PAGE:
PISCATAWAY, N.J. – The season-opening game between Temple and Rutgers scheduled for Thursday night has been postponed until Saturday after the remnants of Hurricane Ida dumped historic rain over parts of the Northeast.
Rutgers’ stadium sits on the banks of the Raritan River and some towns in northern New Jersey reported receiving as many as 8 inches of rain on Wednesday night. Flooding was reported in many areas Thursday and some major roads leading to the stadium were closed.
The game was rescheduled for noon Saturday. Tickets and parking passes issued for Thursday’s game at SHI Stadium, which was a sellout, will be honored, Rutgers officials said.
The game was to be the first at the 52,000-plus seat stadium without attendance restrictions since 2019. Crowds were limited last season due to the coronavirus pandemic.
“I think it was a prudent decision to postpone the game until Saturday, and that would allow everyone to get here by car instead of by boat,” Piscataway Chief of Police Thomas Mosier said in a video posted by the township.
Earlier in the day, Mayor Brian C. Wahler had asked that no fans be allowed if Rutgers decided to play the game as scheduled on Thursday night. He said Piscataway got more than 7 inches of rain and hundreds of customers were without power. After the postponement was announced, Wahler cautioned that some roads still may be closed Saturday.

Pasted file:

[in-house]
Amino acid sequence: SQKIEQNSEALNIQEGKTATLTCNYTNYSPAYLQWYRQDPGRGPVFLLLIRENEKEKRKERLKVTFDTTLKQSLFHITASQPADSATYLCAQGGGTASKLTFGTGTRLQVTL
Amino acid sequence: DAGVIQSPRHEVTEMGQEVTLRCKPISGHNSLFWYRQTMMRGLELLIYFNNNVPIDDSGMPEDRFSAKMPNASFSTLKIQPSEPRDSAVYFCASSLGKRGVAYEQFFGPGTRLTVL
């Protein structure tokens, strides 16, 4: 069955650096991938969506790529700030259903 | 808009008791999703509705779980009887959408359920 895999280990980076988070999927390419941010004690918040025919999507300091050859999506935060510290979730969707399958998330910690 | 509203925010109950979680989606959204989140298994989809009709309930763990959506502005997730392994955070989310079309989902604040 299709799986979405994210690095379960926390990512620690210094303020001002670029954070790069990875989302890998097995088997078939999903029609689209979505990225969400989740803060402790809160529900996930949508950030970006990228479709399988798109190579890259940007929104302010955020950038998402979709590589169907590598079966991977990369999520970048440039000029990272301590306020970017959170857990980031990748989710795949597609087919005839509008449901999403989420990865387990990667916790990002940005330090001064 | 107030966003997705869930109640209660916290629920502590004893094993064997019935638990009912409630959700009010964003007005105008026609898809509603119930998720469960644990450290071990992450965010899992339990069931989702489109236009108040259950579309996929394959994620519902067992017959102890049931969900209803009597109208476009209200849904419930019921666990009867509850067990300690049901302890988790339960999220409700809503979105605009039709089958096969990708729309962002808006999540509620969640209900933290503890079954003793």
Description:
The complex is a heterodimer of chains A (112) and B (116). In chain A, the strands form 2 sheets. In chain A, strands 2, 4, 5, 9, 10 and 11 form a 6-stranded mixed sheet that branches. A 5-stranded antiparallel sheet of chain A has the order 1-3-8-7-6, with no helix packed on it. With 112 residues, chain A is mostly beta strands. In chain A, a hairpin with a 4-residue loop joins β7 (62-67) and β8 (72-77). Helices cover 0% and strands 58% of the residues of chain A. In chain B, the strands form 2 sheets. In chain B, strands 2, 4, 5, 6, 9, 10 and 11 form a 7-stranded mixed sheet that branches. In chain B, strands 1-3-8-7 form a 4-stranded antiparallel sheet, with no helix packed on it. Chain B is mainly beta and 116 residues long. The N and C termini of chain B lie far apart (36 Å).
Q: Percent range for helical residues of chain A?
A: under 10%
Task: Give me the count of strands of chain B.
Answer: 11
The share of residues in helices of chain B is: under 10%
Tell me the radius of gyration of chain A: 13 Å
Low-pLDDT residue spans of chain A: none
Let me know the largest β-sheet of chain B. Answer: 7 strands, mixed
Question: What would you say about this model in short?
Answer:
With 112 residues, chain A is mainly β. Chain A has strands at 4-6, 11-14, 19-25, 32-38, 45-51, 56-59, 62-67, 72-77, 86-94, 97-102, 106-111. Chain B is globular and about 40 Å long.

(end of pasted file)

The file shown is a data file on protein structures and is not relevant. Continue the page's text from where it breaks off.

Rutgers athletic director Pat Hobbs said the decision to postpone the game was made to keep people safe.
“We’re still learning the full extent of the damage, and sadly the loss of life,” he said in a statement Thursday afternoon. “I know our fans were eager to be in a sold-out stadium tonight cheering on their Scarlet Knights for the first time since the pandemic started, but everyone’s safety is our paramount concern. One thing I do know, however, is that New Jersey folks are resilient. I’m sure they will pack SHI Stadium on Saturday and we’ll put our Jersey grit on full display.”
“I said all summer that we went through a lot last year and that has prepared us for anything,” Carey said in a statement. “My thoughts are with those families who have lost their homes due to this storm. Delaying our football game for 48 hours is not as devastating as their situations.”